The objectification of women, particularly under the banners of sex and violence, is nothing new in cinema. We have long watched women suffer, sob and scream, turned to ciphers for quivering victimhood through the reductive force of the male gaze. But women as the perpetrators of violence, to others or themselves? Women driven to the extremes of behaviour by desire, madness, revenge – hell, even unadulterated kicks? That’s still so uncommon as to be exhilarating.
Of course, we’ve seen powerful women on screen for years, particularly in the horror genre. But their exploits are generally reactive; both Jennifer Kent’s exquisite feminist horror The Babadook (2014) and her follow-up The Nightingale (2018), for example, witness mothers pushed to their limits by the psychological trauma of grief. And countless genre films hang on bruised and bloodied final girls fighting tooth and nail for their own survival: aggression as defiance and defence.
Crucially, there is usually a catharsis, a resolution, a return to some form of recognisable, comfortable normalcy. Vengeance is served. Lives are saved. That final girl lays down her weapons and gives herself up to the authoritative, patriarchal care of late-on-the-scene emergency services who facilitate her return, it’s suggested, to the recognisable domestic safety of her previous life.
Not so in modern French horror, which dares to do something different. While it must be acknowledged that some films of this so-called New French Extremity – a term coined by Artforum critic James Quandt to describe certain boundary-pushing films being made by French directors at the turn of the 21st century –still speak the traditional language of submissive female victim succumbing to the dominant masculine aggressor, there are plenty that offer their female characters something more.
We see them fight, fuck and embrace all manner of so-called taboos unshackled by typical cinematic narrative constraints: apparent victims take ownership of their fate; women are unencumbered by back stories of disease or mental illness that attempt to graft sympathetic morality on to their behaviour; happy endings and neat resolutions are almost entirely absent.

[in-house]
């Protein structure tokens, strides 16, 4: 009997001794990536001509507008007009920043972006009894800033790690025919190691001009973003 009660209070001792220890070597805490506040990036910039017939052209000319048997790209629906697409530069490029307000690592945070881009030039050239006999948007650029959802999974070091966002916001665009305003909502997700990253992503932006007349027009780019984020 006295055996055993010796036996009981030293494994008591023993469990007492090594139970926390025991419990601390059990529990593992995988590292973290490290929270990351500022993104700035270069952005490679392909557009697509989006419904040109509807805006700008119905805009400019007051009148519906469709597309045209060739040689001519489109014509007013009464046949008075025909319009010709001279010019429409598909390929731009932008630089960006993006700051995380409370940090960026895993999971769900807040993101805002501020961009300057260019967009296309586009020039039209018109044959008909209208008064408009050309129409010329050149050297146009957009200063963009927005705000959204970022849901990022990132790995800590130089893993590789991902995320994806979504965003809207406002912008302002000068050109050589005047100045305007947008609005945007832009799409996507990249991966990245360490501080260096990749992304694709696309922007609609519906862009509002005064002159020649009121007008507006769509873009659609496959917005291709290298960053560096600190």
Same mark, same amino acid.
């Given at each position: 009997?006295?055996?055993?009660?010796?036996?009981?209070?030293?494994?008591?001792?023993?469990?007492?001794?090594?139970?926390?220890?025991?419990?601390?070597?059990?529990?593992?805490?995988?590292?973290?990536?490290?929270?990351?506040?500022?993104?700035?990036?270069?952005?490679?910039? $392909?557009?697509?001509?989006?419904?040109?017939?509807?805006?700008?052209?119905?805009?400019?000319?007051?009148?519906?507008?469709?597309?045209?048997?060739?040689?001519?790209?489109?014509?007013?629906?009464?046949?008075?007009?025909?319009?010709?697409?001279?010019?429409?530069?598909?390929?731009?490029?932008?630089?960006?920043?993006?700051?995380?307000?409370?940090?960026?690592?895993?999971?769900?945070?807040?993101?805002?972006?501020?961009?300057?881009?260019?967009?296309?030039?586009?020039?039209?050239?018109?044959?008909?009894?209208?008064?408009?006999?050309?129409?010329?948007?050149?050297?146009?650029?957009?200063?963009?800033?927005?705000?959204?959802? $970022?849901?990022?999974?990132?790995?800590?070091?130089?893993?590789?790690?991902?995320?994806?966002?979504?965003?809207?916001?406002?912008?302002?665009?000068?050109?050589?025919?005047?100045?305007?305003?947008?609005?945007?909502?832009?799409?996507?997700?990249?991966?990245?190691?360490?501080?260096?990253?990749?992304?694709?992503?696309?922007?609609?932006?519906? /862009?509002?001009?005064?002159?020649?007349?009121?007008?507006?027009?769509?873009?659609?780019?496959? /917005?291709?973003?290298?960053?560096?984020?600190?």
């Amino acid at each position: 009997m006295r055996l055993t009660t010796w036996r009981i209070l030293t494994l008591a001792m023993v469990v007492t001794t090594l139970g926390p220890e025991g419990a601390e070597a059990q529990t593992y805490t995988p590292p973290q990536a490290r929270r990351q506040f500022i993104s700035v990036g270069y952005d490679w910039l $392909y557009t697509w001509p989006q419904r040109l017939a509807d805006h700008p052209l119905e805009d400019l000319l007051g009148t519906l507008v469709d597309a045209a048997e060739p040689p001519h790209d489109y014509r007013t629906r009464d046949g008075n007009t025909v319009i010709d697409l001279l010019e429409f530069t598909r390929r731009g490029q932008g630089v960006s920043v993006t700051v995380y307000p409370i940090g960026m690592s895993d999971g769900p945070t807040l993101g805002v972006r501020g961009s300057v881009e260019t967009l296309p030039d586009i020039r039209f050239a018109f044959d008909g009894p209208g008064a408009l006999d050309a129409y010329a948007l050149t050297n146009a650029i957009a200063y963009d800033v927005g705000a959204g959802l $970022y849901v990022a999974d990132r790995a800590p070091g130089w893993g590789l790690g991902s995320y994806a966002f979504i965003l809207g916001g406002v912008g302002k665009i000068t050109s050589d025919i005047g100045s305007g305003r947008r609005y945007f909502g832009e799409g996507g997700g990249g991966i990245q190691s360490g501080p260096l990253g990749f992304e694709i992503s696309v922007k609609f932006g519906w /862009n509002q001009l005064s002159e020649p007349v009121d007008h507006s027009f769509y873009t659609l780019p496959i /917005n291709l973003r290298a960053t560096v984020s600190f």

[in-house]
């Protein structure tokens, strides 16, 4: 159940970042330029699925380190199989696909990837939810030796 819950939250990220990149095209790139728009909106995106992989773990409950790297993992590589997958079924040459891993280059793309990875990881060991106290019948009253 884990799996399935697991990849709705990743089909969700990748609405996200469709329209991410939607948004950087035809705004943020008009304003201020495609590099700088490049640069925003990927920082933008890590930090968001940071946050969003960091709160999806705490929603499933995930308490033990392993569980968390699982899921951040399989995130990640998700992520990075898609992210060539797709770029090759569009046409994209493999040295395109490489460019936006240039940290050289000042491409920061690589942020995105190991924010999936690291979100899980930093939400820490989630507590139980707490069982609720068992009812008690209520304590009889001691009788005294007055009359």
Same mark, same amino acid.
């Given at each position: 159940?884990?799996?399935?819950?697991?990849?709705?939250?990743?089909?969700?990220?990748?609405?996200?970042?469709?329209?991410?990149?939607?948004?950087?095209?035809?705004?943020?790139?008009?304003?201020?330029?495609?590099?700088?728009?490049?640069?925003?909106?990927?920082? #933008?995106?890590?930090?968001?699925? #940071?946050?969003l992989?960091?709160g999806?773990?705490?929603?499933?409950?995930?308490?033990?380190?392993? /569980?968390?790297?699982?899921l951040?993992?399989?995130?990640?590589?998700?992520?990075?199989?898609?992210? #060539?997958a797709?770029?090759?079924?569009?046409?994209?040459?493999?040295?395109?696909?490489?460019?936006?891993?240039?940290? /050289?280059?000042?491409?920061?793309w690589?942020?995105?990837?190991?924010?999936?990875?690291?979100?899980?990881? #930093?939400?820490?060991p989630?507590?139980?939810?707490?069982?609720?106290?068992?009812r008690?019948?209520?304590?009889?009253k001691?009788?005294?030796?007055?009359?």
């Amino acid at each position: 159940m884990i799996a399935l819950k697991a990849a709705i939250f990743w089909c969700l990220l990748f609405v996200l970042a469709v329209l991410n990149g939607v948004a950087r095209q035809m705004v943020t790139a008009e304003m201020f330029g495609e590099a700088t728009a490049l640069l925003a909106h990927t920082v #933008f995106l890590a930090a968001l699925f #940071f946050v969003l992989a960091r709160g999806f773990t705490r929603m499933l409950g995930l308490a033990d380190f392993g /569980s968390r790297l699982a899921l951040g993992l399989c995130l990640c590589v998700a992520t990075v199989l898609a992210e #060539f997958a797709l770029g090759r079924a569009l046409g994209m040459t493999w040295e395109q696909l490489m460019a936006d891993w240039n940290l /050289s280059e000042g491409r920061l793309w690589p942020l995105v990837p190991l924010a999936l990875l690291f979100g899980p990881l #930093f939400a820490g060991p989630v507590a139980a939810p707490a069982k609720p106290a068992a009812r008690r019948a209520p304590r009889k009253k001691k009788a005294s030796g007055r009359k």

“I think it’s right to say that many of the women in these films take control of their own bodies and desires, in some cases after a long time of not having control,” says Catherine Wheatley, senior lecturer in film studies at King’s College London. “There are differences from one film to the next: in Baise-moi (2000), which is effectively a rape-revenge movie, the two protagonists rise up against a culture of misogyny and male violence, whereas the heroines of Catherine Breillat films are interested in investigating their own desires, working out what they want in a much more cerebral manner. Female directors in particular are really interested in the relationships between women’s minds and their bodies.”
Consider, for example, elements of Claire Denis’ surprising, challenging Trouble Every Day (2001), which split the opinion of critics who seemed blindsided by the fact that the feted director would follow-up drama Beau Travail (1999) with this visceral foray into genre. It stars Béatrice Dalle, who also takes centre stage as the murderous intruder in Alexandre Bustillo and Julien Maury’s French horror Inside (2007), in which she is hell-bent on removing an unborn child from its mother. Here, though, she is Coré, the beautiful wife of a Parisian doctor, who feeds her overwhelming desire for human flesh by seducing random men and ripping them apart with her teeth.
While sex and death have long been horror bedfellows, there’s nothing heterotypical about this particular brand of sadoeroticism. It’s particularly notable that when Denis shows us one of Coré’s gory conquests in full, it’s the unfortunate young man’s body on which cinematographer Agnès Godard’s camera lingers, intimately devouring his torso in a way that forces us to identify with the insatiable hunger that Coré is desperate to sate.
And sate it she does, time and again, despite the fact that she’s consumed by guilt after each orgy of violence. As her husband once again cleans up the mess, buries the bodies and sponges the blood from her skin, she begs him for the release of death; in response, he locks her back in the basement. Yet neither shackles nor shame are enough to prevent her from indulging in her particular pleasures of the flesh, of embracing her carnal desires.